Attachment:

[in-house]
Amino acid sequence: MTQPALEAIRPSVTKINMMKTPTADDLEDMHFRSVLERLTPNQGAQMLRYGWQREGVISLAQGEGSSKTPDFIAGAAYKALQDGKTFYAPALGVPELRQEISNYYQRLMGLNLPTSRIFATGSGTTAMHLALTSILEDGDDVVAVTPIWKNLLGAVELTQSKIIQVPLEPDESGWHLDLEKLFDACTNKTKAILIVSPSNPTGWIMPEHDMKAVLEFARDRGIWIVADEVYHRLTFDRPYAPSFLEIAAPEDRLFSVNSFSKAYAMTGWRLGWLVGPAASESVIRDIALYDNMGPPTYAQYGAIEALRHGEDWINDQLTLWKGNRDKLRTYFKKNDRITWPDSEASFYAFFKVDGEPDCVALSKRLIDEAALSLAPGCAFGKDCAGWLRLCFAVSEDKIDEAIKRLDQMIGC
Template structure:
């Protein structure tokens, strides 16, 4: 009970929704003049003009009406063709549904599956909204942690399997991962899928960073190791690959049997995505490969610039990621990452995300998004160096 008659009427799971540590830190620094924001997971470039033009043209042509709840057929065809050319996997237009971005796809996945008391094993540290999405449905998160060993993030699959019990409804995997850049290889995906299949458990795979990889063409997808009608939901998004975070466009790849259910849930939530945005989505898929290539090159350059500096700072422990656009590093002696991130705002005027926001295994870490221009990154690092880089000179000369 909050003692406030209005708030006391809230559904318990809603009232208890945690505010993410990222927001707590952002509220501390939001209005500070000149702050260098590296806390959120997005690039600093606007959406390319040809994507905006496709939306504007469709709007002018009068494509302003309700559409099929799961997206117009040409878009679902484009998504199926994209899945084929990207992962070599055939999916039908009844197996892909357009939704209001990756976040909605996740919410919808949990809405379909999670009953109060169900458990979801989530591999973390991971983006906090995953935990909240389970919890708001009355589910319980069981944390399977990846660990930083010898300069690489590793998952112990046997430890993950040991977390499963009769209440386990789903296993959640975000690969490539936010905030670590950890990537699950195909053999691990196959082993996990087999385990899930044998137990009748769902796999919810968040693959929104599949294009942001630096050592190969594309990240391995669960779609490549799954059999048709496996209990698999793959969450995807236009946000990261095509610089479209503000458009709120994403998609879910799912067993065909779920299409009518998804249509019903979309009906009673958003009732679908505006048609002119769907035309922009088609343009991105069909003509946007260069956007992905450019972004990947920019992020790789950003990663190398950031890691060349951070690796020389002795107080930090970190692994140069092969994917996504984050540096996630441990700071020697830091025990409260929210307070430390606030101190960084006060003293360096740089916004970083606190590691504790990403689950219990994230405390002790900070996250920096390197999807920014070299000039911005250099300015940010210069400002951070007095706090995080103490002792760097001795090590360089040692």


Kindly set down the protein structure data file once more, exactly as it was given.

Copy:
[in-house]
Amino acid sequence: MTQPALEAIRPSVTKINMMKTPTADDLEDMHFRSVLERLTPNQGAQMLRYGWQREGVISLAQGEGSSKTPDFIAGAAYKALQDGKTFYAPALGVPELRQEISNYYQRLMGLNLPTSRIFATGSGTTAMHLALTSILEDGDDVVAVTPIWKNLLGAVELTQSKIIQVPLEPDESGWHLDLEKLFDACTNKTKAILIVSPSNPTGWIMPEHDMKAVLEFARDRGIWIVADEVYHRLTFDRPYAPSFLEIAAPEDRLFSVNSFSKAYAMTGWRLGWLVGPAASESVIRDIALYDNMGPPTYAQYGAIEALRHGEDWINDQLTLWKGNRDKLRTYFKKNDRITWPDSEASFYAFFKVDGEPDCVALSKRLIDEAALSLAPGCAFGKDCAGWLRLCFAVSEDKIDEAIKRLDQMIGC
Template structure:
């Protein structure tokens, strides 16, 4: 009970929704003049003009009406063709549904599956909204942690399997991962899928960073190791690959049997995505490969610039990621990452995300998004160096 008659009427799971540590830190620094924001997971470039033009043209042509709840057929065809050319996997237009971005796809996945008391094993540290999405449905998160060993993030699959019990409804995997850049290889995906299949458990795979990889063409997808009608939901998004975070466009790849259910849930939530945005989505898929290539090159350059500096700072422990656009590093002696991130705002005027926001295994870490221009990154690092880089000179000369 909050003692406030209005708030006391809230559904318990809603009232208890945690505010993410990222927001707590952002509220501390939001209005500070000149702050260098590296806390959120997005690039600093606007959406390319040809994507905006496709939306504007469709709007002018009068494509302003309700559409099929799961997206117009040409878009679902484009998504199926994209899945084929990207992962070599055939999916039908009844197996892909357009939704209001990756976040909605996740919410919808949990809405379909999670009953109060169900458990979801989530591999973390991971983006906090995953935990909240389970919890708001009355589910319980069981944390399977990846660990930083010898300069690489590793998952112990046997430890993950040991977390499963009769209440386990789903296993959640975000690969490539936010905030670590950890990537699950195909053999691990196959082993996990087999385990899930044998137990009748769902796999919810968040693959929104599949294009942001630096050592190969594309990240391995669960779609490549799954059999048709496996209990698999793959969450995807236009946000990261095509610089479209503000458009709120994403998609879910799912067993065909779920299409009518998804249509019903979309009906009673958003009732679908505006048609002119769907035309922009088609343009991105069909003509946007260069956007992905450019972004990947920019992020790789950003990663190398950031890691060349951070690796020389002795107080930090970190692994140069092969994917996504984050540096996630441990700071020697830091025990409260929210307070430390606030101190960084006060003293360096740089916004970083606190590691504790990403689950219990994230405390002790900070996250920096390197999807920014070299000039911005250099300015940010210069400002951070007095706090995080103490002792760097001795090590360089040692």